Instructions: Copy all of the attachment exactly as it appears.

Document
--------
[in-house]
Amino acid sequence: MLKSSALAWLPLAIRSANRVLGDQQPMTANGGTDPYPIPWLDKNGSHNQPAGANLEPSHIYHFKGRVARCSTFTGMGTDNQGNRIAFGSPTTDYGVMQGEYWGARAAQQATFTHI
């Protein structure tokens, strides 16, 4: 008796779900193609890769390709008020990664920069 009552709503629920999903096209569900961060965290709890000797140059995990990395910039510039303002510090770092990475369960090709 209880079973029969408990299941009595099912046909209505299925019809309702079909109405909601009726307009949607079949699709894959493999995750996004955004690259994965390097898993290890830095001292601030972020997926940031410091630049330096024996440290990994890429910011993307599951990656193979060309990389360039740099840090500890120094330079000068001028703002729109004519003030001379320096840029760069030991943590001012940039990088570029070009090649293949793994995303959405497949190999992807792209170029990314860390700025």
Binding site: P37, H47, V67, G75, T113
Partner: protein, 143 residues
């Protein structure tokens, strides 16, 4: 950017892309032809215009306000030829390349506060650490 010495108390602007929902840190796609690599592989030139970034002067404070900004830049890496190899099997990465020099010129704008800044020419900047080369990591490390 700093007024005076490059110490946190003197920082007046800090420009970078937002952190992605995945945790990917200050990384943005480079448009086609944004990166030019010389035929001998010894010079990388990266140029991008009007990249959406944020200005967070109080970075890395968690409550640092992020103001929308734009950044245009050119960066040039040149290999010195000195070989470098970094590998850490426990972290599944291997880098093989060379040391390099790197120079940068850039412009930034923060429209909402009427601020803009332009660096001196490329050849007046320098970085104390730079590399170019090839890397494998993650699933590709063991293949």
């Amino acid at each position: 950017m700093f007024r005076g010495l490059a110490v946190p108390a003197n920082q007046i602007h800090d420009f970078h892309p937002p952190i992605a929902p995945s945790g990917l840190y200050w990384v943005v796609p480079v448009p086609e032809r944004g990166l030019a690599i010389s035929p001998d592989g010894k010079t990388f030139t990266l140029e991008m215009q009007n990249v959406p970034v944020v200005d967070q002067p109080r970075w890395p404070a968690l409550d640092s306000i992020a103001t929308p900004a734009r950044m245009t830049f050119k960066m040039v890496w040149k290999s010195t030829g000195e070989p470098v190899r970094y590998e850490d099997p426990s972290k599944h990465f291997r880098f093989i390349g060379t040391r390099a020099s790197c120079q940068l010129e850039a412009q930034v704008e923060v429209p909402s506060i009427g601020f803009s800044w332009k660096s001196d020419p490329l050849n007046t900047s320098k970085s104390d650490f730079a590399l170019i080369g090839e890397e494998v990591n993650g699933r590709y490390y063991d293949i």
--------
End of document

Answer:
[in-house]
Amino acid sequence: MLKSSALAWLPLAIRSANRVLGDQQPMTANGGTDPYPIPWLDKNGSHNQPAGANLEPSHIYHFKGRVARCSTFTGMGTDNQGNRIAFGSPTTDYGVMQGEYWGARAAQQATFTHI
């Protein structure tokens, strides 16, 4: 008796779900193609890769390709008020990664920069 009552709503629920999903096209569900961060965290709890000797140059995990990395910039510039303002510090770092990475369960090709 209880079973029969408990299941009595099912046909209505299925019809309702079909109405909601009726307009949607079949699709894959493999995750996004955004690259994965390097898993290890830095001292601030972020997926940031410091630049330096024996440290990994890429910011993307599951990656193979060309990389360039740099840090500890120094330079000068001028703002729109004519003030001379320096840029760069030991943590001012940039990088570029070009090649293949793994995303959405497949190999992807792209170029990314860390700025």
Binding site: P37, H47, V67, G75, T113
Partner: protein, 143 residues
């Protein structure tokens, strides 16, 4: 950017892309032809215009306000030829390349506060650490 010495108390602007929902840190796609690599592989030139970034002067404070900004830049890496190899099997990465020099010129704008800044020419900047080369990591490390 700093007024005076490059110490946190003197920082007046800090420009970078937002952190992605995945945790990917200050990384943005480079448009086609944004990166030019010389035929001998010894010079990388990266140029991008009007990249959406944020200005967070109080970075890395968690409550640092992020103001929308734009950044245009050119960066040039040149290999010195000195070989470098970094590998850490426990972290599944291997880098093989060379040391390099790197120079940068850039412009930034923060429209909402009427601020803009332009660096001196490329050849007046320098970085104390730079590399170019090839890397494998993650699933590709063991293949």
């Amino acid at each position: 950017m700093f007024r005076g010495l490059a110490v946190p108390a003197n920082q007046i602007h800090d420009f970078h892309p937002p952190i992605a929902p995945s945790g990917l840190y200050w990384v943005v796609p480079v448009p086609e032809r944004g990166l030019a690599i010389s035929p001998d592989g010894k010079t990388f030139t990266l140029e991008m215009q009007n990249v959406p970034v944020v200005d967070q002067p109080r970075w890395p404070a968690l409550d640092s306000i992020a103001t929308p900004a734009r950044m245009t830049f050119k960066m040039v890496w040149k290999s010195t030829g000195e070989p470098v190899r970094y590998e850490d099997p426990s972290k599944h990465f291997r880098f093989i390349g060379t040391r390099a020099s790197c120079q940068l010129e850039a412009q930034v704008e923060v429209p909402s506060i009427g601020f803009s800044w332009k660096s001196d020419p490329l050849n007046t900047s320098k970085s104390d650490f730079a590399l170019i080369g090839e890397e494998v990591n993650g699933r590709y490390y063991d293949i």